Why we’re not interested in making your brand’s 10-part lifestyle podcast

The team behind Waitrose’s chart-topping show Dish on how brands can engage with audio

When an email from Waitrose marked ‘branded podcast pitch’ hit our inboxes at S:E Creative Studio HQ, we felt equally excited and nervous. Excited, because Waitrose makes great content like the Waitrose Weekend newspaper, and nervous because branded podcast briefs are rarely great. Was this going to be another great disappointment?

In my experience, most branded podcast briefs get developed because somebody in the marketing team loves podcasts (not a bad thing) and they have some campaign budget left to be experiential. Then they ask: “Can you make an eight-part series, like Desert Island Discs, but about our brand instead?” 

But this brief had a different ambition. Waitrose said: “In three years can you build us the UK’s number one Food and Drink podcast?” The team recognised that it could establish a new kind of relationship with its audience, and build a new loyal fanbase through high-frequency conversation. In a highly fragmented world, where it’s hard to win the loyalty and attention of anyone, podcasts offer something unique and valuable: regular, undivided audience attention. 

And so Dish was born. Hosted by broadcaster Nick Grimshaw and Michelin Star chef Angela Hartnett, it aims to feel like you’re part of an intimate dinner party with Waitrose food and recipes and entertaining chat from celebrity dinner guests such as Stanley Tucci, Alison Hammond, Chris Evans, David Harewood and Mary Berry.

We undertook a lot of initial research as part of the journey of launching Dish a year ago - and after serving up three seasons of 30-minute episodes, we’ve picked up some tasty insights for advertisers along the way. 

Focus on the fans

If you want to make a successful podcast, study how the market behaves. The majority of successful podcasts are long-running shows, because it takes time to establish an audience, and quick wins are rare unless you’re Peter Crouch. Podcasts are not an easy medium to casually sample. It’s why so many have loyal listener communities, and so much of the market is driven by word of mouth. True fans can’t stop talking about the podcasts they love. Successful short-run shows are only produced by a handful of brands like BBC Sounds and Gimlet, who have the time, investment and risk profile to produce well-researched, highly impactful shows that drive both buzz and the news agenda.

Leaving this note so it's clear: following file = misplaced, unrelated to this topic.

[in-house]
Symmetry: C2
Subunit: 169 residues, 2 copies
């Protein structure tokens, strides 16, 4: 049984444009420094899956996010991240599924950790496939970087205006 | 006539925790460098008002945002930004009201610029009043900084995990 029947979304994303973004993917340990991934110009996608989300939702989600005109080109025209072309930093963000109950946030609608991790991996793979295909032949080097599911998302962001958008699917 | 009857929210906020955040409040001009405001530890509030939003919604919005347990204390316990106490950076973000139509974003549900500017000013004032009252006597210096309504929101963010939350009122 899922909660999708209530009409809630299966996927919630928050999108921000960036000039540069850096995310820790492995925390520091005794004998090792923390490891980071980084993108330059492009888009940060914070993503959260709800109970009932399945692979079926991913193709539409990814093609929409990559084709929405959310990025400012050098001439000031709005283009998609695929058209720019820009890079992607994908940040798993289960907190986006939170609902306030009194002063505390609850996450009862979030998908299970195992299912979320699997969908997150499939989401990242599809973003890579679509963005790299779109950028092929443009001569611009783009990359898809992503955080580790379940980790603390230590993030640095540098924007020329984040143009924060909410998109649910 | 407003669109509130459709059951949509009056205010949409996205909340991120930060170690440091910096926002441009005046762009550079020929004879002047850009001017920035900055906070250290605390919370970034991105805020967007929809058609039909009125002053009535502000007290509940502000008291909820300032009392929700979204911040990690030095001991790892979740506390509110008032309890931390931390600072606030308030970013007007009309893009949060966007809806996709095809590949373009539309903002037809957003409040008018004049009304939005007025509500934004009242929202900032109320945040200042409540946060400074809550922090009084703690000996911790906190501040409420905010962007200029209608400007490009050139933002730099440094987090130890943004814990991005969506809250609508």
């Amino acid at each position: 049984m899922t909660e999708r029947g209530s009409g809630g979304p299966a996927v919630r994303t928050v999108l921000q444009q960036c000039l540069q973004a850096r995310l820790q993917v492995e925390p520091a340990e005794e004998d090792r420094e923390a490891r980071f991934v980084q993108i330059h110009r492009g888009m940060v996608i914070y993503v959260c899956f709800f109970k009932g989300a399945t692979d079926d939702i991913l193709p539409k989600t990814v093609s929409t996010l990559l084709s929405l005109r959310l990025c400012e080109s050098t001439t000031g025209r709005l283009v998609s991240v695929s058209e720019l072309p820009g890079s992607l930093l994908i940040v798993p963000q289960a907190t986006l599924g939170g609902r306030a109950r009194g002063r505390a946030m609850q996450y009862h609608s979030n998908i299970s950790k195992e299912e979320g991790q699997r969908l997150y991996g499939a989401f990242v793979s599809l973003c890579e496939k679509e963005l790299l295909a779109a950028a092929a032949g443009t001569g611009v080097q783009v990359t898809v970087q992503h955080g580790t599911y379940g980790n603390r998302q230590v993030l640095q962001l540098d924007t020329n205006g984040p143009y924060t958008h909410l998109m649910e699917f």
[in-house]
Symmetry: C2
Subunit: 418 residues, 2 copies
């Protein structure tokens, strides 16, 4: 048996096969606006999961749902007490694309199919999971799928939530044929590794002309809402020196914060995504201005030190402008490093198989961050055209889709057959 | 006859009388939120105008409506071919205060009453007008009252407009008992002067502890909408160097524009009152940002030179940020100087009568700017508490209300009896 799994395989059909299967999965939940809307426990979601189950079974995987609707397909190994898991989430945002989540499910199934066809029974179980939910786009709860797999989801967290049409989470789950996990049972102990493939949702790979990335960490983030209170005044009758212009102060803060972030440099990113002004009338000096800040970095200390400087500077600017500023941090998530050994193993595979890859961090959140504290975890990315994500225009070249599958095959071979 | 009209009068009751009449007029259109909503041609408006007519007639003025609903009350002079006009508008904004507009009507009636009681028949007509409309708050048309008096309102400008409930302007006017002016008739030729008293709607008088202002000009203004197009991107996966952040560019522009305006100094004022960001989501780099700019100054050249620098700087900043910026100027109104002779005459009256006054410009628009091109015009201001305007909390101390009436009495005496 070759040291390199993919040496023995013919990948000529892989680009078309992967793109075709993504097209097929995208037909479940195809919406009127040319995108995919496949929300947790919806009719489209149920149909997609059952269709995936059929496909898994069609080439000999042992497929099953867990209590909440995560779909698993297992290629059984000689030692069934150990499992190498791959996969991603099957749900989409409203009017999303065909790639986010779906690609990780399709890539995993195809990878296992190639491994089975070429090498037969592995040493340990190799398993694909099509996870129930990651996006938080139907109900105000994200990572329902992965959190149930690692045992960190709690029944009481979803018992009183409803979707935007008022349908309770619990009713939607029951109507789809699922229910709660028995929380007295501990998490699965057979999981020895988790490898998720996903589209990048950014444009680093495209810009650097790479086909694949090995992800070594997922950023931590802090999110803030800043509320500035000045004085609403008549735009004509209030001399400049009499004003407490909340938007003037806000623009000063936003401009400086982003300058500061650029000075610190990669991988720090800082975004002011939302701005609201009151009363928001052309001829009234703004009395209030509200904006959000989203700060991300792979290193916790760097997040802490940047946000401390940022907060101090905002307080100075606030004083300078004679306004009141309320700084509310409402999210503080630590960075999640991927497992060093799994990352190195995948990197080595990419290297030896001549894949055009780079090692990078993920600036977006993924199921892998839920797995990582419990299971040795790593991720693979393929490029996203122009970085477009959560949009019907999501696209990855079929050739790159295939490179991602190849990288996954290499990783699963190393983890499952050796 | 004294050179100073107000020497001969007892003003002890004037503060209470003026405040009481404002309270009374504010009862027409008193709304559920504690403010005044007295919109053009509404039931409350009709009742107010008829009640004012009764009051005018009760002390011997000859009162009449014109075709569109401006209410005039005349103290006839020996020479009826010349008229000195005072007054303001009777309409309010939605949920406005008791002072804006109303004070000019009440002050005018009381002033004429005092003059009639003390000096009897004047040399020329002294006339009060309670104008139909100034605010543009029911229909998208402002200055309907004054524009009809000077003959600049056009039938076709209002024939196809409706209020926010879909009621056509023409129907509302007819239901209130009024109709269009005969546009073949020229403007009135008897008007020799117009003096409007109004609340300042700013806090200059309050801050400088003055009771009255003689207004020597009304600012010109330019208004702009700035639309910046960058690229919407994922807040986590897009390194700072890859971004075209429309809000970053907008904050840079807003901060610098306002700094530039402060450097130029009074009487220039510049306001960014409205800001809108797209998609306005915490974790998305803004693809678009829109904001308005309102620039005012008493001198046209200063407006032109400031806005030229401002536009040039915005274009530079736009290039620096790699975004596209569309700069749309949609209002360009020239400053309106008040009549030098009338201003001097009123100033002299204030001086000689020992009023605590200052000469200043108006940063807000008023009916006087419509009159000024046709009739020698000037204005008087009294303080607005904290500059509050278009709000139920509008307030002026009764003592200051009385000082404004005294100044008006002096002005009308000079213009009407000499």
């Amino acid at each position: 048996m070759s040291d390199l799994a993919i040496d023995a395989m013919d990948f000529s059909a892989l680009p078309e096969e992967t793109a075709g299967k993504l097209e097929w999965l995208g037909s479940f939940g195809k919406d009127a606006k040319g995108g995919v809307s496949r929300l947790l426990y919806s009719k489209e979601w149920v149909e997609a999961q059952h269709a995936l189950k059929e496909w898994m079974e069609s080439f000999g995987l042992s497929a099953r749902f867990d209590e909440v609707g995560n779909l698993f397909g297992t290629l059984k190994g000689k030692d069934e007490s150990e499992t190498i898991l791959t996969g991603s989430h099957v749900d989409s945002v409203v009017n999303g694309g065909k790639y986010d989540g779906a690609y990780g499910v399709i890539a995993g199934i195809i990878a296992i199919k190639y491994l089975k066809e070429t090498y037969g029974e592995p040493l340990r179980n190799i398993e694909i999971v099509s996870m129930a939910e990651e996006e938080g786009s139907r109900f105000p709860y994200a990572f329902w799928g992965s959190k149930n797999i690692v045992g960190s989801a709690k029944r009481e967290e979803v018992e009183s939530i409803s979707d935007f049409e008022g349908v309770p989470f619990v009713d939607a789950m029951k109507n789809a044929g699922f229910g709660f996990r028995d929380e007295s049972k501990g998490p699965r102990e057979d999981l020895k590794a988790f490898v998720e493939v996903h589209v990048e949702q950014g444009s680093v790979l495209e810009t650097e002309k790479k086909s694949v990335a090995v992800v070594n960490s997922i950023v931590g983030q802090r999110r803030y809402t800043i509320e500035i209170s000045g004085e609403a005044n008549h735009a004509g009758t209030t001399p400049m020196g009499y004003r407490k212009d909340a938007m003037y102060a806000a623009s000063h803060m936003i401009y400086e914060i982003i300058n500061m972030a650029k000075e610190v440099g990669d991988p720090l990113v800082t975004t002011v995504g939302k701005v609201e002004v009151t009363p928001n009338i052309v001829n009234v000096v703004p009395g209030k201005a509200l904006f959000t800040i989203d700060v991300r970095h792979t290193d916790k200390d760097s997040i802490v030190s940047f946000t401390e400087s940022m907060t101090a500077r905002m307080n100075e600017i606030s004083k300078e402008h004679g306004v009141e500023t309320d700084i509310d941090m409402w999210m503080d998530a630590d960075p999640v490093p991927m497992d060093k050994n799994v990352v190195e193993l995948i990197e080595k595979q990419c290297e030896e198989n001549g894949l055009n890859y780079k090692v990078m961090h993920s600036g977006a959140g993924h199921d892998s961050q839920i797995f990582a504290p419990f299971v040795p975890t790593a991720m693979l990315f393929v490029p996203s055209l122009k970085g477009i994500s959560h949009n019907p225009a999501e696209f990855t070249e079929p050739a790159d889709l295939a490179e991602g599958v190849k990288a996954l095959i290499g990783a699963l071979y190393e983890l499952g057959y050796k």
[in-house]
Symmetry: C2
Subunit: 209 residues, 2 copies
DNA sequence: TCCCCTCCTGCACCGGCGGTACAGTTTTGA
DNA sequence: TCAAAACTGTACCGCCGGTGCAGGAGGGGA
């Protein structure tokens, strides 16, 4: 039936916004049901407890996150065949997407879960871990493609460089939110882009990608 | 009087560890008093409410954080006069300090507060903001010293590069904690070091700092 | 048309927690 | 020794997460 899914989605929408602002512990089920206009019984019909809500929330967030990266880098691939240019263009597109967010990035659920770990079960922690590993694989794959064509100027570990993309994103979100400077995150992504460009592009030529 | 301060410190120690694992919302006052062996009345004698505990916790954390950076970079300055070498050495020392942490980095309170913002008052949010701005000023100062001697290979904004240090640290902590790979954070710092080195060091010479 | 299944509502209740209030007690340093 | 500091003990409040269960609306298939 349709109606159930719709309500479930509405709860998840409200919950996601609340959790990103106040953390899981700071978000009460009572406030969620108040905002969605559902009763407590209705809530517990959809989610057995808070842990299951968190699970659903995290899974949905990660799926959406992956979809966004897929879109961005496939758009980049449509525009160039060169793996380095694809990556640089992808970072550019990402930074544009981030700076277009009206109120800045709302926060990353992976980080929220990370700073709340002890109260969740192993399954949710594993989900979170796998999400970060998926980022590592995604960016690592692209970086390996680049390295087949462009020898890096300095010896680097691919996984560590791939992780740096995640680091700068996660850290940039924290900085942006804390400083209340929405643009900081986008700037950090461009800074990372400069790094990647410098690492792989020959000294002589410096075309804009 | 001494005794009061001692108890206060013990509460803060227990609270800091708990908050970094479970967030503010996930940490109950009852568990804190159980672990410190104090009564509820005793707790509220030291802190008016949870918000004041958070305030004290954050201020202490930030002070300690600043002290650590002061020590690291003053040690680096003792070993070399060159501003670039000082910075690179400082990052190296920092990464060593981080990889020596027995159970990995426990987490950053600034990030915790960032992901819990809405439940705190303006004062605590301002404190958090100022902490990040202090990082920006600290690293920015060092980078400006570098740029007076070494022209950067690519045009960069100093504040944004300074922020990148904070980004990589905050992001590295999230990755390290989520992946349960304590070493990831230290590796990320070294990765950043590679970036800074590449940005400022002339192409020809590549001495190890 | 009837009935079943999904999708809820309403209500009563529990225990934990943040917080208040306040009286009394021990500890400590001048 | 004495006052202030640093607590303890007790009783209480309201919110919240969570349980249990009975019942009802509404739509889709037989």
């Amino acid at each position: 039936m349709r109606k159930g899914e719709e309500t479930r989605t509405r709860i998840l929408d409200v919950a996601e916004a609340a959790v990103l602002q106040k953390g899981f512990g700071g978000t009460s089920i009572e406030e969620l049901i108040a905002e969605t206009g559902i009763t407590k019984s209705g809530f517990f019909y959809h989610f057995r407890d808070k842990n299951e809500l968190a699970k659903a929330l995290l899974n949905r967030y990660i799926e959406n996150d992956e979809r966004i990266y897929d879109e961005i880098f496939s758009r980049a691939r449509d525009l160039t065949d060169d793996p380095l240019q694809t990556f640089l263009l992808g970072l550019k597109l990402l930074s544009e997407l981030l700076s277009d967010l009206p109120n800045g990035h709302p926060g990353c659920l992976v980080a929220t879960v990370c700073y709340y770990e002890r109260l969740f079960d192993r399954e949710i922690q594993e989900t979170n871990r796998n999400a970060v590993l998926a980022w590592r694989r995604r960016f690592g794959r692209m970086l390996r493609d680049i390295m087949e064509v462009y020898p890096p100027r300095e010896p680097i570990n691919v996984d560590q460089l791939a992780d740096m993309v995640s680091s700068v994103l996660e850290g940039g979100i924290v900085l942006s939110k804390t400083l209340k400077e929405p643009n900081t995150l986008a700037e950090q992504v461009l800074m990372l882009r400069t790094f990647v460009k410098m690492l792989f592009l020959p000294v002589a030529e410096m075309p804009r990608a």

On top of adopting an 'always on' format, many successful shows are now also franchises with major social followings, and they build loyalty through multiple touchpoints like live events and merchandise. A franchise becomes a virtuous circle, building more opportunities for fans to engage with the show. The stronger the relationship you build, the more they talk about you, and the more you attract other listeners.

Invest in production values

It’s hard to stumble upon a podcast, but there are other ways to reach potential audiences beyond word of mouth, and social media can help serve up content samples to like-minded people, so create video content that can compete on social channels if you want the benefit of a platform’s distribution. Investing in the visuals is key. We record Dish in a TV studio, and film it in social media format so our content travels. Audiences like it, and so do algorithms; every week, we generate over 500,000 organic video views across key social platforms.

The problem with podcasts is that anyone can make one, anywhere, with inexpensive kit; crafting a well-researched, visually interesting conversation costs, but it’s worth it. If you want to grab listeners, put the audio craft front and centre, work with experienced people who can create tight, impactful conversations, and take time in the edit. There’s a lot of lazy air in many shows out there, but the average listening time is around 30 minutes, so why are so many so long? If listeners complete your show, they’re more likely to come back, so give them the satisfaction of episodes with a clear start and end. The podcast market roughly follows the Pareto principle: 80% of the audience listen to 20% of the shows; you’re competing with the top 20%, so act like it.

Serving Dish listeners with just the right amount of Waitrose

Podcast audiences can be skeptical, and not many brands succeed in this space. So be authentic, treat your audience with care, and let the brand come through the conversation naturally. Mainstream audiences don’t want to listen to ads, so ensure your content doesn’t sound like one - on Dish, we consciously avoid carrying the kind of sonic branding you often hear in adverts.

Instead, we let the content speak for itself. Waitrose is known for its high-quality produce and exceptional customer service, so through our host Angela, we provide the kind of food expertise Waitrose is famous for. The recipes that Angela cooks up on the show fit our audience’s lifestyle and budgets, and when she talks about the food, it’s obvious to listeners that it’s come from Waitrose; because the show delivers a Waitrose-type experience, we don’t need to brand the hell out of the content. Also, our initial audience research helped us to match the kind of convivial tone that our Waitrose-shopping listeners want to create when entertaining friends at home. 

We're still not quite the biggest food and drink podcast in the UK, but we're not far off. And through patience and planning, Waitrose achieved its listener targets two years ahead of schedule. Every week we’re growing and learning, as we refine our guest choices and menus. It’s proof that brands can break through to mainstream audiences in the podcast space, if they learn from the market.